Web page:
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Mineralization and alteration of a modern seafloor massive sulfide deposit hosted in mafic volcaniclastic rocks

Melissa O. Anderson, Mark D. Hannington, Timothy F. McConachy, John W. Jamieson, Maria Anders, Henning Wienkenjohann, Harald Strauss, Thor Hansteen and Sven Petersen
Mineralization and alteration of a modern seafloor massive sulfide deposit hosted in mafic volcaniclastic rocks
Economic Geology and the Bulletin of the Society of Economic Geologists (August 2019) 114 (5): 857-896

Abstract

Tinakula is the first seafloor massive sulfide deposit described in the Jean Charcot troughs and is the first such deposit described in the Solomon Islands -- on land or the seabed. The deposit is hosted by mafic (basaltic-andesitic) volcaniclastic rocks within a series of cinder cones along a single eruptive fissure. Extensive mapping and sampling by remotely operated vehicle, together with shallow drilling, provide insights into deposit geology and especially hydrothermal processes operating in the shallow subsurface. On the seafloor, mostly inactive chimneys and mounds cover an area of approximately 77,000 m (super 2) and are partially buried by volcaniclastic sand. Mineralization is characterized by abundant barite- and sulfide-rich chimneys that formed by low-temperature (<250 degrees C) venting over approximately 5,600 years. Barite-rich samples have high SiO (sub 2) , Pb, and Hg contents; the sulfide chimneys are dominated by low-Fe sphalerite and are high in Cd, Ge, Sb, and Ag. Few high-temperature chimneys, including zoned chalcopyrite-sphalerite samples and rare massive chalcopyrite, are rich in As, Mo, In, and Au (up to 9.26 ppm), locally as visible gold. Below the seafloor, the mineralization includes buried intervals of sulfide-rich talus with disseminated sulfides in volcaniclastic rocks consisting mainly of lapillistone with minor tuffaceous beds and autobreccias. The volcaniclastic rocks are intensely altered and variably cemented by anhydrite with crosscutting sulfate (+ or - minor sulfide) veins. Fluid inclusions in anhydrite and sphalerite from the footwall (to 19.3 m below seafloor; m b.s.f.) have trapping temperatures of up to 298 degrees C with salinities close to, but slightly higher than, that of seawater (2.8-4.5 wt % NaCl equiv). These temperatures are 10 degrees to 20 degrees C lower than the minimum temperature of boiling at this depth (1,070-1,204 m below sea level; m b.s.l.), suggesting that the highest-temperature fluids boiled below the seafloor. The alteration is distributed in broadly conformable zones, expressed in order of increasing depth and temperature as (1) montmorillonite/nontronite, (2) nontronite + corrensite, (3) illite/smectite + pyrite, (4) illite/smectite + chamosite, and (5) chamosite + corrensite. Zones of argillic alteration are distinguished from chloritic alteration by large positive mass changes in K (sub 2) O (enriched in illite/smectite), MgO (enriched in chamosite and corrensite), and Fe (sub 2) O (sub 3) (enriched in pyrite associated with illite/smectite alteration). The delta (super 18) O and delta D values of clay minerals confirm increasing temperature with depth, from 124 degrees to 256 degrees C, and interaction with seawater-dominated hydrothermal fluids at high water/rock ratios. Leaching of the volcanic host rocks and thermochemical reduction of seawater sulfate are the primary sources of sulfur, with delta (super 34) S values of sulfides, from -0.8 to 3.4ppm, and those of sulfate minerals close to seawater sulfate, from 19.3 to 22.5ppm. The mineralization and alteration at Tinakula are typical of a class of ancient massive sulfide deposits hosted mainly by permeable volcaniclastic rocks with broad, semiconformable alteration zones. Processes by which these deposits form have never been documented in modern seafloor massive sulfide systems, because they mostly develop below the seafloor. Our study shows how hydrothermal fluids can become focused within permeable rocks by progressive, low-temperature fluid circulation, leading to a large area (>150,000 m (super 2) ) of alteration with reduced permeability close to the seafloor. In our model, overpressuring and fracturing of the sulfate- and clay-cemented volcaniclastic rocks produced the pathways for higher-temperature fluids to reach the seafloor, present now as sulfate-sulfide veins within the footwall. In the geologic record, the sulfate (anhydrite) is not preserved, leaving a broad zone of intense alteration with disseminated and stringer sulfides typical of this class of deposits.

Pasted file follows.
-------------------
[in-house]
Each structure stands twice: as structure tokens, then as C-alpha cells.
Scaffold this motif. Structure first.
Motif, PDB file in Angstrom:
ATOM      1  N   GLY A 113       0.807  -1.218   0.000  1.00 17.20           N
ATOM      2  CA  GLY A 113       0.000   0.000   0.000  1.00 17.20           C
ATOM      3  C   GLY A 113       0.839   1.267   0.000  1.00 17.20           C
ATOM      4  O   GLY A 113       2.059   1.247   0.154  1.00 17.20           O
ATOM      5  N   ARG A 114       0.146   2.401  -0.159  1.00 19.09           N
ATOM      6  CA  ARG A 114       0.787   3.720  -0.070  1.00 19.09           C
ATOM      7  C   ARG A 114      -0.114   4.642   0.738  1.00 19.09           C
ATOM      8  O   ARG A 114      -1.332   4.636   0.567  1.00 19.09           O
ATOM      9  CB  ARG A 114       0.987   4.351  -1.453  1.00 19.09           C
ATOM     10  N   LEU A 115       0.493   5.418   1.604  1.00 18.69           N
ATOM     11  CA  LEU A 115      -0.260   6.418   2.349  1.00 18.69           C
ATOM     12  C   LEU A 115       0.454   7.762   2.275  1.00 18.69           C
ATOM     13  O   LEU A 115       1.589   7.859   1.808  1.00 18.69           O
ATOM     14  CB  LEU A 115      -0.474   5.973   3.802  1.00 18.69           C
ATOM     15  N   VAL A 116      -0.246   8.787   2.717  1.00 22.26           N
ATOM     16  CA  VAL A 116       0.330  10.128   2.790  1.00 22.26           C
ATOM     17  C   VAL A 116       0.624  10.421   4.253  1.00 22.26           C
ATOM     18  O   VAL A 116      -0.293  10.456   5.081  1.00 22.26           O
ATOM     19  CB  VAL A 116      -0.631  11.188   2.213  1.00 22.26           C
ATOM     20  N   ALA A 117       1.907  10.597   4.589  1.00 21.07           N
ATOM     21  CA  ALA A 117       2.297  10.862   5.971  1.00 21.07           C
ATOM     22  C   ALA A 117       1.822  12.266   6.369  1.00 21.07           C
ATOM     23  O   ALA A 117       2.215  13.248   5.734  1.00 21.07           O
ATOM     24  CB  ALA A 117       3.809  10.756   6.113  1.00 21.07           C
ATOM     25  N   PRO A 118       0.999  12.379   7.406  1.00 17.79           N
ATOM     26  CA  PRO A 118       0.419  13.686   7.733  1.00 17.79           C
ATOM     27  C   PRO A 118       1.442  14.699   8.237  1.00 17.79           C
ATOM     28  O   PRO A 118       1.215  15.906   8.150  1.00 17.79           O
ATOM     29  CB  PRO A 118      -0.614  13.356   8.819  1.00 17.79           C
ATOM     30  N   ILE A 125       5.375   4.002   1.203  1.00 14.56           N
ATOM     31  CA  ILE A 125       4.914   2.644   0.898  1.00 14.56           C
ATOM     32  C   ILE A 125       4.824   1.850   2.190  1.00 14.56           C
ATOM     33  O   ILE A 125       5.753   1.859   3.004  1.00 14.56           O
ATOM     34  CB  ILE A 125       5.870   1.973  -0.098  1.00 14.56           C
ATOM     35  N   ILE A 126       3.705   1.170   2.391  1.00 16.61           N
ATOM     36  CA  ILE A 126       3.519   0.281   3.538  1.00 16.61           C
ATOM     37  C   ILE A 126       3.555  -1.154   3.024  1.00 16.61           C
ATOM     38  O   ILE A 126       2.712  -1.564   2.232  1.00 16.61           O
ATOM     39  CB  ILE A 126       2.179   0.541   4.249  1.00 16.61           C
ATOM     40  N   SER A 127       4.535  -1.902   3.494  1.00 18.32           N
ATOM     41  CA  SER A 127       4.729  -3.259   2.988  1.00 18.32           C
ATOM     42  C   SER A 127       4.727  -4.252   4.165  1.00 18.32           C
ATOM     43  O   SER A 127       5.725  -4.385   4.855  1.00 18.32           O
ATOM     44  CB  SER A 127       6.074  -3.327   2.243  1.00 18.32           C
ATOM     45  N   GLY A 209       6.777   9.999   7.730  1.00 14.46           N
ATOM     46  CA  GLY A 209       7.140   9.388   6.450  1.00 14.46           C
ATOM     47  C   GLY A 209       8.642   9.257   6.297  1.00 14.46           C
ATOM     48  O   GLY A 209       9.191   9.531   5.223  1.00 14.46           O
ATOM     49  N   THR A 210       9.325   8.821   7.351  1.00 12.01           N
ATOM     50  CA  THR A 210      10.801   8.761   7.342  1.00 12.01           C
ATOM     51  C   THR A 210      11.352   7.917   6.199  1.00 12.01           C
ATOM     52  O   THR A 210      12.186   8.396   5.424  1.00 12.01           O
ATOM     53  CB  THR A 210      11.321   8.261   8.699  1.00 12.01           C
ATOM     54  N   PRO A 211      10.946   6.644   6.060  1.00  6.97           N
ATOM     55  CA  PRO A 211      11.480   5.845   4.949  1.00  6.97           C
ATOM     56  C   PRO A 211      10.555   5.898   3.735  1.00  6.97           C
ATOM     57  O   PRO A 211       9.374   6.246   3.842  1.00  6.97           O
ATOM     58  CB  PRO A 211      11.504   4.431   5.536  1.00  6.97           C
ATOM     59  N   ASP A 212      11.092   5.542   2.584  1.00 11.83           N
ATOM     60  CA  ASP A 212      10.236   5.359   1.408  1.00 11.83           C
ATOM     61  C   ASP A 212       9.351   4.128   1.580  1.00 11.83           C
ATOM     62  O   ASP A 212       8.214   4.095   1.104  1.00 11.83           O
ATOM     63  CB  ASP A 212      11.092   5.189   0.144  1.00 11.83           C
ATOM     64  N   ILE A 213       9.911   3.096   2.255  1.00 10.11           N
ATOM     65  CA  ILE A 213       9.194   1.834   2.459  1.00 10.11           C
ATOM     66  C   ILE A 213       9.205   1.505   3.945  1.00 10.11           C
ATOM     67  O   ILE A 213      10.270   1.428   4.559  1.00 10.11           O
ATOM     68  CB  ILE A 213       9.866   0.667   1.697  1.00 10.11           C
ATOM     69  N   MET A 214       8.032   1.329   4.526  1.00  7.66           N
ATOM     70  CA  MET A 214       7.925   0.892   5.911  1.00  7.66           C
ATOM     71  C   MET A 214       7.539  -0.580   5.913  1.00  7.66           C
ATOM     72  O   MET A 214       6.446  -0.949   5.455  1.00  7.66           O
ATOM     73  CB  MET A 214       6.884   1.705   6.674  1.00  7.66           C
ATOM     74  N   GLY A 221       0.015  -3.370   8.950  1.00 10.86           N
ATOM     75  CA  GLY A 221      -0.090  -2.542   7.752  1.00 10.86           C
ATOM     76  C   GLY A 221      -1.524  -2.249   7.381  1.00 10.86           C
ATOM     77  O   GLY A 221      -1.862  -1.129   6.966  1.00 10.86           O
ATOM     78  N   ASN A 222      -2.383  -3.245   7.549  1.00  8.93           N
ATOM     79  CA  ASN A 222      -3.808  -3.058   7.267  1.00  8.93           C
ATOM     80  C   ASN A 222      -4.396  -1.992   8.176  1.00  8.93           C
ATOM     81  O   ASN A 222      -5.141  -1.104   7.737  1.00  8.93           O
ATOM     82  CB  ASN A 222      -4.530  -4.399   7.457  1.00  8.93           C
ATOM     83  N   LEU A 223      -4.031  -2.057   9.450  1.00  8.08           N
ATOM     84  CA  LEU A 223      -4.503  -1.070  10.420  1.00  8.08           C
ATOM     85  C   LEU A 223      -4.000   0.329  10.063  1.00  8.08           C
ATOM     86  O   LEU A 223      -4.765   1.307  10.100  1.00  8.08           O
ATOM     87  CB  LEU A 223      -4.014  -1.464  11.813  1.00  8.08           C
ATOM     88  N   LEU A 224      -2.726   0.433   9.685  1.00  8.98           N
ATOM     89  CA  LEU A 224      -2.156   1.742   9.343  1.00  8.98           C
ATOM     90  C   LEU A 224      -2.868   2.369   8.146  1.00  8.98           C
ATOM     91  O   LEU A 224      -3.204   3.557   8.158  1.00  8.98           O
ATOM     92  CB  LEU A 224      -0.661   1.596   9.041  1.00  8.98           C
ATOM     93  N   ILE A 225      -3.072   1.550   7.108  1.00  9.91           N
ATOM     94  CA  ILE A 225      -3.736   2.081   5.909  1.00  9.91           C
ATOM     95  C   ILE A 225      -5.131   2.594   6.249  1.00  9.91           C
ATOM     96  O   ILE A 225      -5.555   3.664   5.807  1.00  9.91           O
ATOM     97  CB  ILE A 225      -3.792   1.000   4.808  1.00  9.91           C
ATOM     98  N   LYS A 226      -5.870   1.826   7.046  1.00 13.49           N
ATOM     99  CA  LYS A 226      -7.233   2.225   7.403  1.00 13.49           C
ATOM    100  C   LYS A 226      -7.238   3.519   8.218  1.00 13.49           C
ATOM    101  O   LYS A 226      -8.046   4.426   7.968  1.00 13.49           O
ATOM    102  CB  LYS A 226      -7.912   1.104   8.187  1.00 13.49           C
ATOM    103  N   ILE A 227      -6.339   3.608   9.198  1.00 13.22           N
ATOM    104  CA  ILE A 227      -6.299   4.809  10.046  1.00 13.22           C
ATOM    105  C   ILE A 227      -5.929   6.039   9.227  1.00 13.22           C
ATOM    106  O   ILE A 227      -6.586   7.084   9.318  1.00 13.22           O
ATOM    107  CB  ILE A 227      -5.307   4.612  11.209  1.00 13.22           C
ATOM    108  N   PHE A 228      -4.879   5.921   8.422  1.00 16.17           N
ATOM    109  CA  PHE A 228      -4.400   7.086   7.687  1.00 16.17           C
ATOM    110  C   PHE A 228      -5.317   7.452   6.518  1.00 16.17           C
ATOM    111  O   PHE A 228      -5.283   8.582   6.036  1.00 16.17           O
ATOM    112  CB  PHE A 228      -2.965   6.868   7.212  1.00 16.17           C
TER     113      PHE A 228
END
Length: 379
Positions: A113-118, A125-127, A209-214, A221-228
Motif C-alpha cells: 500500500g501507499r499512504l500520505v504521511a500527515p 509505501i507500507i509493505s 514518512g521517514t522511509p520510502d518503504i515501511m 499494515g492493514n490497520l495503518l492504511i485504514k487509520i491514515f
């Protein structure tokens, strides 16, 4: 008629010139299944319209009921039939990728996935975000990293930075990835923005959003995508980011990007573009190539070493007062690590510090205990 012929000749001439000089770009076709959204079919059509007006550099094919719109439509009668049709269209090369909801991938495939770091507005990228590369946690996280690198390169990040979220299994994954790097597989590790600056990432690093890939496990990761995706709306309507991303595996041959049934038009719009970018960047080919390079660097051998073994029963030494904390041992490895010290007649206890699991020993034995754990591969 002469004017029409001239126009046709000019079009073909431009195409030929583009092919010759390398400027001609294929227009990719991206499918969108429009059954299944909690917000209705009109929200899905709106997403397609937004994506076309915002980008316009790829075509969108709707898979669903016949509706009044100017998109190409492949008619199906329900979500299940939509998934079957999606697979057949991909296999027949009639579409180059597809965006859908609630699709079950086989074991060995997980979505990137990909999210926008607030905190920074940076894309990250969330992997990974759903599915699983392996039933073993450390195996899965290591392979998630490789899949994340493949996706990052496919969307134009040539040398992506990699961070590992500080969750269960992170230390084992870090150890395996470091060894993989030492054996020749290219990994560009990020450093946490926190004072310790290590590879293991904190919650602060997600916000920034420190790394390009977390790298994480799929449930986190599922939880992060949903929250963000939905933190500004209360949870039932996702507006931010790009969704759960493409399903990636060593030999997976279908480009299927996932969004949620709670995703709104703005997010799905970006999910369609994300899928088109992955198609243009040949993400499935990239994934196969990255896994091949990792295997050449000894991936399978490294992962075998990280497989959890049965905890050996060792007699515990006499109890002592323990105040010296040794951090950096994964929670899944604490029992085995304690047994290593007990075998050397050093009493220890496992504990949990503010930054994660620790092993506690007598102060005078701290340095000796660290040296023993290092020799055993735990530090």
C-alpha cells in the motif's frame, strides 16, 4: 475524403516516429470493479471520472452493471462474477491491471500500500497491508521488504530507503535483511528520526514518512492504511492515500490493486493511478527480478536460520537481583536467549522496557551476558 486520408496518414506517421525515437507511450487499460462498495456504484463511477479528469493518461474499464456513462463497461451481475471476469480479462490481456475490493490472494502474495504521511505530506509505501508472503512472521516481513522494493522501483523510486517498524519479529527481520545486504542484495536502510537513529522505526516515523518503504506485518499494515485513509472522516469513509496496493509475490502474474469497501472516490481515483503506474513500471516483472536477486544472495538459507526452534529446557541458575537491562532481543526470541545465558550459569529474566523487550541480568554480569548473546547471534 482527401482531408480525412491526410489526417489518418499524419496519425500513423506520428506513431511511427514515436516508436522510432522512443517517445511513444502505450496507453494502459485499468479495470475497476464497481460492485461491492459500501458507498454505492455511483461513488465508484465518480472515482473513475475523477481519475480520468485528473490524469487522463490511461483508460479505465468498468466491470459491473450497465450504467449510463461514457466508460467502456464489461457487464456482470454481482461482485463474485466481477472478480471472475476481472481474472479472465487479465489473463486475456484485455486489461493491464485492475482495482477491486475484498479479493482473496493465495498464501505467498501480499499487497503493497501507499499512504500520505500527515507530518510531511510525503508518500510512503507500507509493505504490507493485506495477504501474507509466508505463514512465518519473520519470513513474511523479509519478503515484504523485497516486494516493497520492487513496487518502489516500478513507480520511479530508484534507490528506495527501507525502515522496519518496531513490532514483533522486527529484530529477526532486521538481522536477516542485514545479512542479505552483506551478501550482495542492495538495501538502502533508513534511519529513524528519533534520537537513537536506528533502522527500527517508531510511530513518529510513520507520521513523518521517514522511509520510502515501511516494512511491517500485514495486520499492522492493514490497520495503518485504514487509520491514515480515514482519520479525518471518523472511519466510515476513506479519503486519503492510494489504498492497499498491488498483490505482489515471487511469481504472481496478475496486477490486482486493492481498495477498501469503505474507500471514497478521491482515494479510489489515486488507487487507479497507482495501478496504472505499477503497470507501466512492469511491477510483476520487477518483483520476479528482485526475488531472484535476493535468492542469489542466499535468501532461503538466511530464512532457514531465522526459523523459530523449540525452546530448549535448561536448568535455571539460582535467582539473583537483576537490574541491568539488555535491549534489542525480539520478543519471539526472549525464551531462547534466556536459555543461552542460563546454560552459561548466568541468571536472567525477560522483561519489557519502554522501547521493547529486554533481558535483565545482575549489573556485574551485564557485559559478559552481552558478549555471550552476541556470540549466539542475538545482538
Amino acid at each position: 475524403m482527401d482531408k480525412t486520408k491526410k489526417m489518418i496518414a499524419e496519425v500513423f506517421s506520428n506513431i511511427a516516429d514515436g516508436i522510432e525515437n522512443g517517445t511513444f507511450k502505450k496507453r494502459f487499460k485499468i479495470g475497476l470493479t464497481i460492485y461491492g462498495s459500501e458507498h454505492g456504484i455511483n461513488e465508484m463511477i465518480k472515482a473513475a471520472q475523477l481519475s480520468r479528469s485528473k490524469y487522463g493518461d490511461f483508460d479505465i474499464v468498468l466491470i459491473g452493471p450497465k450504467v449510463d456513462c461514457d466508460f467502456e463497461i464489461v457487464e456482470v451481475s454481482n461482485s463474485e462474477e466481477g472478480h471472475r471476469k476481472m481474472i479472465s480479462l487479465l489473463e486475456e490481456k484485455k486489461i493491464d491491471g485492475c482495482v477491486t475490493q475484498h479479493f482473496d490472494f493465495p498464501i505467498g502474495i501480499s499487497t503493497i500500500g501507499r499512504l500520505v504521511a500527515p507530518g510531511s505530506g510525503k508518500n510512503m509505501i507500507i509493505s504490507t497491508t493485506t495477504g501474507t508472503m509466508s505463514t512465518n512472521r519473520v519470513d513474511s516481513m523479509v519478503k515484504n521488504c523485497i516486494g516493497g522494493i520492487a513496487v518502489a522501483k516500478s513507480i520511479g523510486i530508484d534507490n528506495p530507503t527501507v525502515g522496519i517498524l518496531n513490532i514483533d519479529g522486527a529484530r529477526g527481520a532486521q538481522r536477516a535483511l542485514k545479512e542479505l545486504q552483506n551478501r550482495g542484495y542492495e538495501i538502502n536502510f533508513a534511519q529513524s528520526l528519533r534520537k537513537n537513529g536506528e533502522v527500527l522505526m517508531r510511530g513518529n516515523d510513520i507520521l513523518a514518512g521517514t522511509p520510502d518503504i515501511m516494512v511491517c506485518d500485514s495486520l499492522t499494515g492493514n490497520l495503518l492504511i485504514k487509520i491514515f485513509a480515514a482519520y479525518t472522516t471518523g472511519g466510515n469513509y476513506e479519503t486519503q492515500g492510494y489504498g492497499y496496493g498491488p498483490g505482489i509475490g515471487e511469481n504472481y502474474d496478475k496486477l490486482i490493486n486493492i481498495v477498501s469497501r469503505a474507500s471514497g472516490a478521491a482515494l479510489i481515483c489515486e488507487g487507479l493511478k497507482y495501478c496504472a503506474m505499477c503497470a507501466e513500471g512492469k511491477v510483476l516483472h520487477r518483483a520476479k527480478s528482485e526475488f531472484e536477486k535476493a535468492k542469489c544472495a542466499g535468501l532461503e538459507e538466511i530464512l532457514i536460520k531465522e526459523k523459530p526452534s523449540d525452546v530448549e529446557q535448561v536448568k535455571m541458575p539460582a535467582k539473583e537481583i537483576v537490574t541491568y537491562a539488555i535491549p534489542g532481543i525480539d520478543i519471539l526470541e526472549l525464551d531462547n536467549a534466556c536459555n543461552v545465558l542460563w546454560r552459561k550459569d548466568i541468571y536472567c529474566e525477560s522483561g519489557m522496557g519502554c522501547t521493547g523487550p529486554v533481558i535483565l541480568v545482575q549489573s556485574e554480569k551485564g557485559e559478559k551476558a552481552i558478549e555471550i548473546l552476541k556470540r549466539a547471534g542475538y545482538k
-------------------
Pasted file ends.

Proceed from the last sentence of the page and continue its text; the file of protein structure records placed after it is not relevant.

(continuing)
ISSN: 0361-0128
EISSN: 1554-0774
Coden: ECGLAL
Serial Title: Economic Geology and the Bulletin of the Society of Economic Geologists
Serial Volume: 114
Serial Issue: 5
Title: Mineralization and alteration of a modern seafloor massive sulfide deposit hosted in mafic volcaniclastic rocks
Affiliation: University of Ottawa, Department of Earth and Environmental Sciences, Ottawa, ON, Canada
Pages: 857-896
Published: 201908
Text Language: English
Publisher: Economic Geology Publishing Company, Lancaster, PA, United States
References: 121
Accession Number: 2019-065666
Categories: Economic geology, geology of ore deposits
Document Type: Serial
Bibliographic Level: Analytic
Illustration Description: illus. incl. sects., 7 tables, geol. sketch maps
S12°12'25" - S12°11'55", E167°36'45" - E167°37'10"
Secondary Affiliation: Neptune Minerals, AUS, AustraliaMemorial University of Newfoundland, CAN, CanadaGEOMAR-Helmholtz Centre for Ocean Research Kiel, DEU, GermanyWestfaelische Wilhelms-Universitaet, Institute fuer Geologie und Palaeontologie, DEU, Germany
Country of Publication: United States
Secondary Affiliation: GeoRef, Copyright 2019, American Geosciences Institute. Abstract, Copyright, Society of Economic Geologists. Reference includes data from GeoScienceWorld, Alexandria, VA, United States
Update Code: 201934